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Big rig crashes are often related to time of day

Fatigue is a major issue for anyone driving a vehicle because it is an insidious, slow-to-develop condition that can result in disaster on the roadway.

Truck drivers are prone to fatigue, and studies find that at certain times of day, they are more at risk for an accident that could endanger other motorists.

A tiring occupation

Exertion, both mental and physical, is commonplace for truckers who not only drive long hours but who may also load and unload the cargo they haul. The Federal Motor Carrier Safety Administration is always looking for ways to combat problems like driver fatigue. Findings from the Large Truck Crash Causation Study indicated that 13 percent of those who drive commercial vehicles and were involved in a crash were suffering from fatigue at the time of the accident.

The circadian rhythm effect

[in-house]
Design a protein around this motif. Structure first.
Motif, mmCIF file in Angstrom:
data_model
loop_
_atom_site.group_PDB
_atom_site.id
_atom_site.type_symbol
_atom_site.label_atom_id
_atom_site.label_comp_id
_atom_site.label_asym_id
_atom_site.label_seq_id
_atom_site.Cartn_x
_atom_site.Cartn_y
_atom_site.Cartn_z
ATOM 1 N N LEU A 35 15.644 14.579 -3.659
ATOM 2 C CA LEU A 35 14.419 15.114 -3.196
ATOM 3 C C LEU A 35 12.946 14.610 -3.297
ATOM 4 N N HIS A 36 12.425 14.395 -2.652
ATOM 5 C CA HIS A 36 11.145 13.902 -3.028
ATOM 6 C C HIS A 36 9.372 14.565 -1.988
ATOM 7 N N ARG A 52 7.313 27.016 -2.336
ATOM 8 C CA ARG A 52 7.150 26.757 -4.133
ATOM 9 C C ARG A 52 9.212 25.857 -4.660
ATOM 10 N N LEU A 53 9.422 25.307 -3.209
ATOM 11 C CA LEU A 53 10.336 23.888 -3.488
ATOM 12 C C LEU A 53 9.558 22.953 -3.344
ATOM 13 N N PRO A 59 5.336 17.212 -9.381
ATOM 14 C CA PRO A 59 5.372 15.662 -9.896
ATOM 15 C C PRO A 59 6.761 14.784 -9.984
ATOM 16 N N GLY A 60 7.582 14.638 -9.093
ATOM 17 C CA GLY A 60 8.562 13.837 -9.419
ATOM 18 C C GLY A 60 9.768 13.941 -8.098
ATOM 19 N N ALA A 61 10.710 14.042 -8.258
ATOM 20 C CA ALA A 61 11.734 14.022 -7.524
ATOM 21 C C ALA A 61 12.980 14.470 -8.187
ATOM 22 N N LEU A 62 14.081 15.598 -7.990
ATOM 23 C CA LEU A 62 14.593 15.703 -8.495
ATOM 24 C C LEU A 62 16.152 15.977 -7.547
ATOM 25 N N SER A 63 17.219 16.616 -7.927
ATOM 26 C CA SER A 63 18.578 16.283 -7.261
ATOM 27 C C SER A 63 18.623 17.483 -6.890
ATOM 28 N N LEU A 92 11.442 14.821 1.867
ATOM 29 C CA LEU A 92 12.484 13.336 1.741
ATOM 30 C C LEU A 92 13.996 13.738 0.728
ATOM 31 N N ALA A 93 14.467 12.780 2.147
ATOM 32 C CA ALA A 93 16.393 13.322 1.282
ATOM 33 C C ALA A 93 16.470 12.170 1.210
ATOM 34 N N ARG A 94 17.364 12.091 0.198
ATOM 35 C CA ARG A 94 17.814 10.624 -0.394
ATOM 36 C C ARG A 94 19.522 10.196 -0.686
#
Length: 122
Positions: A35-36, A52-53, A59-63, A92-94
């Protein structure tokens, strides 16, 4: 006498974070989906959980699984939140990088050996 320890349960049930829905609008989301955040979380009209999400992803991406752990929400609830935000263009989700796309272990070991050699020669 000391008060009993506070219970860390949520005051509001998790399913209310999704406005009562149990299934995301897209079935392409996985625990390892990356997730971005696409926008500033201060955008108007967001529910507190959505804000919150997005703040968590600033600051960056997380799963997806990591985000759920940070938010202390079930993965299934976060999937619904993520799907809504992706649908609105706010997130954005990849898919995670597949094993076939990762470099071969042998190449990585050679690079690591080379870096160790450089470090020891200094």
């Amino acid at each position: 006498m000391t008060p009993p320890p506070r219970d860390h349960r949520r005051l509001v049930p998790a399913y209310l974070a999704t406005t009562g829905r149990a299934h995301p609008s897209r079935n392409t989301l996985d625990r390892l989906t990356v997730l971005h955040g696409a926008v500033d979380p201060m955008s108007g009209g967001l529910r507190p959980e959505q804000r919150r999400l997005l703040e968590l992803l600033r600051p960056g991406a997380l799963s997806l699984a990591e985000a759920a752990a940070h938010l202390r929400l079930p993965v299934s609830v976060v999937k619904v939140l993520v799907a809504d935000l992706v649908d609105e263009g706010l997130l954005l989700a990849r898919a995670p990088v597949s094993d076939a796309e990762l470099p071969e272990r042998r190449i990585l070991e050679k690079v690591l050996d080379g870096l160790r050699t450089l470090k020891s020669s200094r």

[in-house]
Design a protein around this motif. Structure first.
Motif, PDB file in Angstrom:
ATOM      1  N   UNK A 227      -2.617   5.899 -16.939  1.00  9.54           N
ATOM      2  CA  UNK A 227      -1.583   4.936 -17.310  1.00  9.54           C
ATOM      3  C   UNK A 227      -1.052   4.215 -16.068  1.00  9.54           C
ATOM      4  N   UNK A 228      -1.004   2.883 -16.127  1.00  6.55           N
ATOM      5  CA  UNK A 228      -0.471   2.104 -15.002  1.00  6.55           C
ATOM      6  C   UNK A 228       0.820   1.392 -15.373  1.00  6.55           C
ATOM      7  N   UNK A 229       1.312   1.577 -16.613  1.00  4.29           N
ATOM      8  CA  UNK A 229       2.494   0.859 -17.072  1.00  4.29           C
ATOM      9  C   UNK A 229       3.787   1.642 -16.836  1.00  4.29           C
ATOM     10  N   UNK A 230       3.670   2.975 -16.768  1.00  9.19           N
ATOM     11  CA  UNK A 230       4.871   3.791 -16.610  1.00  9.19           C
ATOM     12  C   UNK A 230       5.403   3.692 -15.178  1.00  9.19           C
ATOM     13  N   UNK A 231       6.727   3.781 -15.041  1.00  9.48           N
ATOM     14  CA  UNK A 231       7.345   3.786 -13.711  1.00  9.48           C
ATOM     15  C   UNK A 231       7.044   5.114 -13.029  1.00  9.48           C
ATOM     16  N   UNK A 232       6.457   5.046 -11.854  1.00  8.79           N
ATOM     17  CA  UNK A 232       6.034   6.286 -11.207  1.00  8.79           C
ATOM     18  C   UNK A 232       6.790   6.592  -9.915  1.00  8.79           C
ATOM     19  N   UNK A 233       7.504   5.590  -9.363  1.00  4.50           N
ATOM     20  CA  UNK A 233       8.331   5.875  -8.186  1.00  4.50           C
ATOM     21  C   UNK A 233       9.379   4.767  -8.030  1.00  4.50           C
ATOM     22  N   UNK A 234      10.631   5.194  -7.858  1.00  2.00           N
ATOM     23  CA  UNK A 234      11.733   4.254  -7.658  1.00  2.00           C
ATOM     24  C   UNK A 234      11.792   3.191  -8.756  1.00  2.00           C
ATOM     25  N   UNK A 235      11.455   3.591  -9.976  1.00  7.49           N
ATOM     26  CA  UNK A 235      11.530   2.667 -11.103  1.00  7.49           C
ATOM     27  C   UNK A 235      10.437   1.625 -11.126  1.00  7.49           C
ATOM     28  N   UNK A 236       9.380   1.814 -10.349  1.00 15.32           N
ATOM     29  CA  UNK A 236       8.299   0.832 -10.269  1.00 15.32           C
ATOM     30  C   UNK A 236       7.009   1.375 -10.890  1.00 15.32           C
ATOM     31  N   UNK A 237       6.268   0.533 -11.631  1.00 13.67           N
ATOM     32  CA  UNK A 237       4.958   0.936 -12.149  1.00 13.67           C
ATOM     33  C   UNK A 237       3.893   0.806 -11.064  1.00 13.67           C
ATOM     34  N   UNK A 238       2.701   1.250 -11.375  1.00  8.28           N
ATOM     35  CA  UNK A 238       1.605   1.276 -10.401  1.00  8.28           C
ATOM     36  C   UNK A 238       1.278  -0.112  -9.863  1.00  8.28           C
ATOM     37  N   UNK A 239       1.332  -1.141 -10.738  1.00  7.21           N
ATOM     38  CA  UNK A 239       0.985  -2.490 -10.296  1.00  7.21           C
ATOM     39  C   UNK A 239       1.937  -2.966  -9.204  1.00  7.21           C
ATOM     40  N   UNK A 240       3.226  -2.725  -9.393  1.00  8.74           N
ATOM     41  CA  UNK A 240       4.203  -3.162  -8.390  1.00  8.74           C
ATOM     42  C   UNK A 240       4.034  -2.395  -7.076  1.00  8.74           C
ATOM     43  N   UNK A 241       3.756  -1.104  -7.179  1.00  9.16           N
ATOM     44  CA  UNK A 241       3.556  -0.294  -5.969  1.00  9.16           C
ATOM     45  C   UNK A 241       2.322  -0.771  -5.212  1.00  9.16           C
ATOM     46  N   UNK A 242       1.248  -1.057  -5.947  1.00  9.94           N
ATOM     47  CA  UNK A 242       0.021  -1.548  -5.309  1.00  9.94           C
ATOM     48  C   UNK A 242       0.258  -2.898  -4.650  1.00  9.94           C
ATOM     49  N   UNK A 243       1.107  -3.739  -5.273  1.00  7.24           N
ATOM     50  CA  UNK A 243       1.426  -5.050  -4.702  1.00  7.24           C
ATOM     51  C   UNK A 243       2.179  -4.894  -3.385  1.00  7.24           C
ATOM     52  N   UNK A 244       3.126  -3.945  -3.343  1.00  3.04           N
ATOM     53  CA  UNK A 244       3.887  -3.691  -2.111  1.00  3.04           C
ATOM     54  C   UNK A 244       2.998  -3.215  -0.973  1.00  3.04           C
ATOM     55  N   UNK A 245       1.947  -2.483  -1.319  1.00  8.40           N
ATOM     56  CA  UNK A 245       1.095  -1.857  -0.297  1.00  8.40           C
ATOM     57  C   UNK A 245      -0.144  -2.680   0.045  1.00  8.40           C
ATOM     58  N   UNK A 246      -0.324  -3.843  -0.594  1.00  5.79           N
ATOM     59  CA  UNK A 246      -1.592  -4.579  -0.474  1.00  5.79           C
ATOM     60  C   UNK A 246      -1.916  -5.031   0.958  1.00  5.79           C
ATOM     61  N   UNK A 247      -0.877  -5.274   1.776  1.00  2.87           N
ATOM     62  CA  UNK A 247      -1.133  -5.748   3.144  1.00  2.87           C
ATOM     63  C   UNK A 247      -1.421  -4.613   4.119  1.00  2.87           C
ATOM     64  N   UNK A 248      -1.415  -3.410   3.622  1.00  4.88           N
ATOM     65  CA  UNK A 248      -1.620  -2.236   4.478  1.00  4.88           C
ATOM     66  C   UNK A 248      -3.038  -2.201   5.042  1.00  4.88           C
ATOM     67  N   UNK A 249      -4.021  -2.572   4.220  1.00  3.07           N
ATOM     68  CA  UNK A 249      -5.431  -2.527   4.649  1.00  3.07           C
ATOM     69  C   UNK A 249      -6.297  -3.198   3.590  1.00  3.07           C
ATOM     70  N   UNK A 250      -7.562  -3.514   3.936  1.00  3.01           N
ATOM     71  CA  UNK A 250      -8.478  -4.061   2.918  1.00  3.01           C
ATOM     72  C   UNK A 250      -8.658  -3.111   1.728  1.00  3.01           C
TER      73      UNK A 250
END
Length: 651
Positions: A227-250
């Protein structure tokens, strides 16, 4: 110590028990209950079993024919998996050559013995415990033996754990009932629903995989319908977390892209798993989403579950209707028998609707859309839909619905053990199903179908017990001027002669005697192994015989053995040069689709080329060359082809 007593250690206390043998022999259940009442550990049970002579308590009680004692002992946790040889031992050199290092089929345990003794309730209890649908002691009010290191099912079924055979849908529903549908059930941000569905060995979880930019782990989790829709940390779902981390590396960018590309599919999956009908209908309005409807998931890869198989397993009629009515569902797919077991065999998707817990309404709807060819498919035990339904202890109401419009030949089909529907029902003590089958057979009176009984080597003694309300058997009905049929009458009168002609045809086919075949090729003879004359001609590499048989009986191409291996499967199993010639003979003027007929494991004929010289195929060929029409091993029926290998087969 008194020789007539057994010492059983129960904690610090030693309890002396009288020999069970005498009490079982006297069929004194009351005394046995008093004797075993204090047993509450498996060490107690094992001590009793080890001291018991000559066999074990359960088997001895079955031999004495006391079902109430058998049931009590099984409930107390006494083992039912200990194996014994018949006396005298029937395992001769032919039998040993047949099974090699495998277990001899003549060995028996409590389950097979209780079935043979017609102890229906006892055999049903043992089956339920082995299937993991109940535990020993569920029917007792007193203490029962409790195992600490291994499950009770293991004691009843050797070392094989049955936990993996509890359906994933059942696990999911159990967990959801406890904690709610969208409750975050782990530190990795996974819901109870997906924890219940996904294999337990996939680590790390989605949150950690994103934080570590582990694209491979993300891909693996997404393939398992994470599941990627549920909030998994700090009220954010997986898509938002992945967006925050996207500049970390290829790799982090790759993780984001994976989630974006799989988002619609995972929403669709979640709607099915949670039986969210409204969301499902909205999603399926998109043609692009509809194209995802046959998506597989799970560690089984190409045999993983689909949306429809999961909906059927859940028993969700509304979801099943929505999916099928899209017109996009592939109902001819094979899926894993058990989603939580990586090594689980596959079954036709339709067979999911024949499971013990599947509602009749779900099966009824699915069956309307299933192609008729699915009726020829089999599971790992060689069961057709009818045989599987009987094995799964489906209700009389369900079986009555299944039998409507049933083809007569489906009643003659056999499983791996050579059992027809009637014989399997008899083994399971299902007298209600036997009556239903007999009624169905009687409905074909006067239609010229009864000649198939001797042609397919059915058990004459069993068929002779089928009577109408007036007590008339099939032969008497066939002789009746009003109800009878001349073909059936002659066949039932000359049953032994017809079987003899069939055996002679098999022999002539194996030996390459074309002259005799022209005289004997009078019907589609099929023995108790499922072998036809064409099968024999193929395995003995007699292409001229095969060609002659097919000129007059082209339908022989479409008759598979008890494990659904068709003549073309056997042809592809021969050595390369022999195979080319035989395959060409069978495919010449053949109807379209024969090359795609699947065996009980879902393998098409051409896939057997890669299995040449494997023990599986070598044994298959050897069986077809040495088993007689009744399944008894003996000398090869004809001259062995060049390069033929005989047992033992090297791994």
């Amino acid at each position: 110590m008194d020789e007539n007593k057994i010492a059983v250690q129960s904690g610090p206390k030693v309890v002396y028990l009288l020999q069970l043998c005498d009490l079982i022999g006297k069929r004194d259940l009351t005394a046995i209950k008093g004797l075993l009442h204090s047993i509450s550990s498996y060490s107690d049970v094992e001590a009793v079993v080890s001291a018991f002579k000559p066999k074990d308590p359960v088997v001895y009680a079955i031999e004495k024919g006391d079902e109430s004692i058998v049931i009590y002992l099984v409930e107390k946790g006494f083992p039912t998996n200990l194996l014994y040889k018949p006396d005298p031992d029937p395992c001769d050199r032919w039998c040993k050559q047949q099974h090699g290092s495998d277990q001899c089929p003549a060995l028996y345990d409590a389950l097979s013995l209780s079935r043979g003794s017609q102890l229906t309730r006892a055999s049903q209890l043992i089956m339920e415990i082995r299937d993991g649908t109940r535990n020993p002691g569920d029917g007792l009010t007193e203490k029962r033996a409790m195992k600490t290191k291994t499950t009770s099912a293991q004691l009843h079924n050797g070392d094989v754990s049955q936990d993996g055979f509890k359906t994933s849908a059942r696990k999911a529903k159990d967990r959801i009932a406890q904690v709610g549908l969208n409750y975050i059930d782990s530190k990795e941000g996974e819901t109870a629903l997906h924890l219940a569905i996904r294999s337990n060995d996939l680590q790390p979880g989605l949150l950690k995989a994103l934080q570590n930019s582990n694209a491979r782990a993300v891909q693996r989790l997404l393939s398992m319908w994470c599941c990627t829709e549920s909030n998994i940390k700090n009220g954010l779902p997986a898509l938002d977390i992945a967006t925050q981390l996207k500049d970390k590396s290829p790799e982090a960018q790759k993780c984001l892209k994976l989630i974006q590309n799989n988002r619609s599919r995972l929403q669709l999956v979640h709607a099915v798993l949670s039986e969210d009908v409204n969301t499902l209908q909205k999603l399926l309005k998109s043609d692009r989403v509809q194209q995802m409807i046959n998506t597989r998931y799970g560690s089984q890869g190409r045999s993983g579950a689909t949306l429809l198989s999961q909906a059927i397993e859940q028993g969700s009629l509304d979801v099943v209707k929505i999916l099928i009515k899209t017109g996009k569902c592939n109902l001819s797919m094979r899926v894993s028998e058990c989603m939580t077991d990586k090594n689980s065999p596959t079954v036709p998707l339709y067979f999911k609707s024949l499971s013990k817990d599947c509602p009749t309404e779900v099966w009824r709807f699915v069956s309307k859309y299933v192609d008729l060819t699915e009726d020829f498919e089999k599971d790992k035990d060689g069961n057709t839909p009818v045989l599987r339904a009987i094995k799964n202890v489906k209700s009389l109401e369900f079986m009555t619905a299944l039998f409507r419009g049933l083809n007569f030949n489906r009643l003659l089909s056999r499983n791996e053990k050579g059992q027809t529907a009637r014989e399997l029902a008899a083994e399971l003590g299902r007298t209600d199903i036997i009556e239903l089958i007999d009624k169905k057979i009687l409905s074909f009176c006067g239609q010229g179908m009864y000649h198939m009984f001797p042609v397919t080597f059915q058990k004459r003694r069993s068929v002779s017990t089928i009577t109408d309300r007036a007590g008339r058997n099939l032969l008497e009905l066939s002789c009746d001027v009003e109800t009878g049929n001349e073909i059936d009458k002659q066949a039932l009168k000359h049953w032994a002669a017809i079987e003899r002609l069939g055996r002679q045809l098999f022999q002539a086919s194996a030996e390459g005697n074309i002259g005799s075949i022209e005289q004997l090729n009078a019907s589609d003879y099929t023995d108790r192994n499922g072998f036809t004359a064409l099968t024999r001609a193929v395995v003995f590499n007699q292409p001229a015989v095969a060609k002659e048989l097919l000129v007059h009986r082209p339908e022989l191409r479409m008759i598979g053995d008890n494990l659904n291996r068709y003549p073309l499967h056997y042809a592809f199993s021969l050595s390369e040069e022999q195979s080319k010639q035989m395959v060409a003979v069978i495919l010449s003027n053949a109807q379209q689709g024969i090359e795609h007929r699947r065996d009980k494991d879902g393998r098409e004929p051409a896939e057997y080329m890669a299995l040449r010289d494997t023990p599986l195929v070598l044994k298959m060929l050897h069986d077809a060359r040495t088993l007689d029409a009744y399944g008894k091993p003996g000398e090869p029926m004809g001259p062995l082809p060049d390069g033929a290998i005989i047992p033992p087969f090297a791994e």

Everyone is affected by their circadian rhythm, the wake/sleep cycle that regulates the peaks and lulls of alert activity in the human body. If an individual has insufficient sleep, the resulting drowsiness will be stronger during a lull, which would affect the performance of a driver. FMCSA studies find that time of day has a bearing on driving performance, pointing out that people are not as alert at night as they are during the day.

The sleep inertia problem

Studies also indicate that truck drivers are more at risk for having a crash in the first hour after awakening, especially those drivers who sleep in the berth in their cab. Sleep inertia may affect cognitive functioning, various performance tasks and reaction time, all of which are critical in an emergency situation. Sleep inertia also contributes to that insidious problem, drowsiness.

Crowded highways

In the state of California, highways are always clogged with traffic and big rigs are a common sight. Motorists in the lane next to an 18-wheeler may trust that all is well since the truck is being operated by a professional driver. However, a truck driver is only human and capable of succumbing to drowsiness. Drivers in smaller vehicles should always be alert around big rigs, especially at night, when a truck driver may be more fatigued than usual.

 

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